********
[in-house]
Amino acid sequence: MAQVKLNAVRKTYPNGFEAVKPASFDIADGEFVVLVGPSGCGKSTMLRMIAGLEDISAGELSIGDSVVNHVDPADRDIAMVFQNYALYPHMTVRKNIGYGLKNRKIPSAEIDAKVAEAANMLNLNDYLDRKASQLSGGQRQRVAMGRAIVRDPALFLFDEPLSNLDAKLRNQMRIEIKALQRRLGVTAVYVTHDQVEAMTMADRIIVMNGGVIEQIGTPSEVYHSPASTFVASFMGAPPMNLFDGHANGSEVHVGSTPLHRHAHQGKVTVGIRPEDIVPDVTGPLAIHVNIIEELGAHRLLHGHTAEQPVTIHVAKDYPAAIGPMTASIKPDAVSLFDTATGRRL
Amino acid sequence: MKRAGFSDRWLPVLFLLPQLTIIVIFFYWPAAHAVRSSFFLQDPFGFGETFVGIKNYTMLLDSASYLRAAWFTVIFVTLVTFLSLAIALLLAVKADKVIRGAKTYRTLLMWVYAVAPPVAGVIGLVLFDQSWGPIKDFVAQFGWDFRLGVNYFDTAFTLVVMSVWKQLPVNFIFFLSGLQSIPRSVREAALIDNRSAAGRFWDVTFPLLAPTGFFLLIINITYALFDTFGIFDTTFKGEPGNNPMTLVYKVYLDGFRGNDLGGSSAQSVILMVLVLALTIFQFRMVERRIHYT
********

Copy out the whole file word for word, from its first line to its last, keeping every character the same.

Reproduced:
[in-house]
Amino acid sequence: MAQVKLNAVRKTYPNGFEAVKPASFDIADGEFVVLVGPSGCGKSTMLRMIAGLEDISAGELSIGDSVVNHVDPADRDIAMVFQNYALYPHMTVRKNIGYGLKNRKIPSAEIDAKVAEAANMLNLNDYLDRKASQLSGGQRQRVAMGRAIVRDPALFLFDEPLSNLDAKLRNQMRIEIKALQRRLGVTAVYVTHDQVEAMTMADRIIVMNGGVIEQIGTPSEVYHSPASTFVASFMGAPPMNLFDGHANGSEVHVGSTPLHRHAHQGKVTVGIRPEDIVPDVTGPLAIHVNIIEELGAHRLLHGHTAEQPVTIHVAKDYPAAIGPMTASIKPDAVSLFDTATGRRL
Amino acid sequence: MKRAGFSDRWLPVLFLLPQLTIIVIFFYWPAAHAVRSSFFLQDPFGFGETFVGIKNYTMLLDSASYLRAAWFTVIFVTLVTFLSLAIALLLAVKADKVIRGAKTYRTLLMWVYAVAPPVAGVIGLVLFDQSWGPIKDFVAQFGWDFRLGVNYFDTAFTLVVMSVWKQLPVNFIFFLSGLQSIPRSVREAALIDNRSAAGRFWDVTFPLLAPTGFFLLIINITYALFDTFGIFDTTFKGEPGNNPMTLVYKVYLDGFRGNDLGGSSAQSVILMVLVLALTIFQFRMVERRIHYT